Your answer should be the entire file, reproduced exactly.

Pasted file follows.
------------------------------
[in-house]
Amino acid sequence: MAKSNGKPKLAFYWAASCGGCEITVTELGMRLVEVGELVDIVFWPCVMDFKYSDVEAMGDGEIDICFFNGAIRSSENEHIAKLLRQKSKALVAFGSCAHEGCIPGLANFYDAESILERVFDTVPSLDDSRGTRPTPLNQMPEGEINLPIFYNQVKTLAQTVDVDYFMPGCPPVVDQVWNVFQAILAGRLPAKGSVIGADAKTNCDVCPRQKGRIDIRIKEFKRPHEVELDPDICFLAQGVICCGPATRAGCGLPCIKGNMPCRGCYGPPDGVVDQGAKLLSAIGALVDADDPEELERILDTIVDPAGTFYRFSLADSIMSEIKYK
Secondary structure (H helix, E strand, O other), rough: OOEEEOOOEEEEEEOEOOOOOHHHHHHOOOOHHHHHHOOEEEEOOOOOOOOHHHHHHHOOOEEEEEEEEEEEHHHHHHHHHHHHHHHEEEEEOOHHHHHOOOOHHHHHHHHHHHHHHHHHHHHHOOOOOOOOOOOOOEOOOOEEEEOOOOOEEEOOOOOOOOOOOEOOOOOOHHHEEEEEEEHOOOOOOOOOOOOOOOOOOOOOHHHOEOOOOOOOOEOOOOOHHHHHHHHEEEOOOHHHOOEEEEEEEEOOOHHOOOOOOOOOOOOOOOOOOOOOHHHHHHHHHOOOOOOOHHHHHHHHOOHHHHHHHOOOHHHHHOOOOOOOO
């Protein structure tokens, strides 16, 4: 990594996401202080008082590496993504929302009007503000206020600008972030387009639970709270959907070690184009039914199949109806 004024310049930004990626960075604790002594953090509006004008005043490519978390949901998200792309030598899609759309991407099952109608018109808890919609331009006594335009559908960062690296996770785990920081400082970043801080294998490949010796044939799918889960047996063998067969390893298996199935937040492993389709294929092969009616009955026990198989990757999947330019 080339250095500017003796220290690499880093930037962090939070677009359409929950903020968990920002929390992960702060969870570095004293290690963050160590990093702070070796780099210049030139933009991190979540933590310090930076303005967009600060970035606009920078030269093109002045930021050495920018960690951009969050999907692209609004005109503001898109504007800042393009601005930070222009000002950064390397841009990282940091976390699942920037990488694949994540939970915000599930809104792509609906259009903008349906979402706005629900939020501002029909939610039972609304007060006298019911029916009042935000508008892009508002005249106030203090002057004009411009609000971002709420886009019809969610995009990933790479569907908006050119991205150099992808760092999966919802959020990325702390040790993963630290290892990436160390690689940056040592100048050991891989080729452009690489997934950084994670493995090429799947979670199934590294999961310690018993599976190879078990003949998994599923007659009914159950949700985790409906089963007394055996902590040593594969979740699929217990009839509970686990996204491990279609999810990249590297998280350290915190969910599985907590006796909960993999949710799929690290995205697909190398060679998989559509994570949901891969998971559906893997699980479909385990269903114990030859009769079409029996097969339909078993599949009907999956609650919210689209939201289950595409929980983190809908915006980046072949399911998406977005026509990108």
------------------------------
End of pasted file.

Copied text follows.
[in-house]
Amino acid sequence: MAKSNGKPKLAFYWAASCGGCEITVTELGMRLVEVGELVDIVFWPCVMDFKYSDVEAMGDGEIDICFFNGAIRSSENEHIAKLLRQKSKALVAFGSCAHEGCIPGLANFYDAESILERVFDTVPSLDDSRGTRPTPLNQMPEGEINLPIFYNQVKTLAQTVDVDYFMPGCPPVVDQVWNVFQAILAGRLPAKGSVIGADAKTNCDVCPRQKGRIDIRIKEFKRPHEVELDPDICFLAQGVICCGPATRAGCGLPCIKGNMPCRGCYGPPDGVVDQGAKLLSAIGALVDADDPEELERILDTIVDPAGTFYRFSLADSIMSEIKYK
Secondary structure (H helix, E strand, O other), rough: OOEEEOOOEEEEEEOEOOOOOHHHHHHOOOOHHHHHHOOEEEEOOOOOOOOHHHHHHHOOOEEEEEEEEEEEHHHHHHHHHHHHHHHEEEEEOOHHHHHOOOOHHHHHHHHHHHHHHHHHHHHHOOOOOOOOOOOOOEOOOOEEEEOOOOOEEEOOOOOOOOOOOEOOOOOOHHHEEEEEEEHOOOOOOOOOOOOOOOOOOOOOHHHOEOOOOOOOOEOOOOOHHHHHHHHEEEOOOHHHOOEEEEEEEEOOOHHOOOOOOOOOOOOOOOOOOOOOHHHHHHHHHOOOOOOOHHHHHHHHOOHHHHHHHOOOHHHHHOOOOOOOO
């Protein structure tokens, strides 16, 4: 990594996401202080008082590496993504929302009007503000206020600008972030387009639970709270959907070690184009039914199949109806 004024310049930004990626960075604790002594953090509006004008005043490519978390949901998200792309030598899609759309991407099952109608018109808890919609331009006594335009559908960062690296996770785990920081400082970043801080294998490949010796044939799918889960047996063998067969390893298996199935937040492993389709294929092969009616009955026990198989990757999947330019 080339250095500017003796220290690499880093930037962090939070677009359409929950903020968990920002929390992960702060969870570095004293290690963050160590990093702070070796780099210049030139933009991190979540933590310090930076303005967009600060970035606009920078030269093109002045930021050495920018960690951009969050999907692209609004005109503001898109504007800042393009601005930070222009000002950064390397841009990282940091976390699942920037990488694949994540939970915000599930809104792509609906259009903008349906979402706005629900939020501002029909939610039972609304007060006298019911029916009042935000508008892009508002005249106030203090002057004009411009609000971002709420886009019809969610995009990933790479569907908006050119991205150099992808760092999966919802959020990325702390040790993963630290290892990436160390690689940056040592100048050991891989080729452009690489997934950084994670493995090429799947979670199934590294999961310690018993599976190879078990003949998994599923007659009914159950949700985790409906089963007394055996902590040593594969979740699929217990009839509970686990996204491990279609999810990249590297998280350290915190969910599985907590006796909960993999949710799929690290995205697909190398060679998989559509994570949901891969998971559906893997699980479909385990269903114990030859009769079409029996097969339909078993599949009907999956609650919210689209939201289950595409929980983190809908915006980046072949399911998406977005026509990108």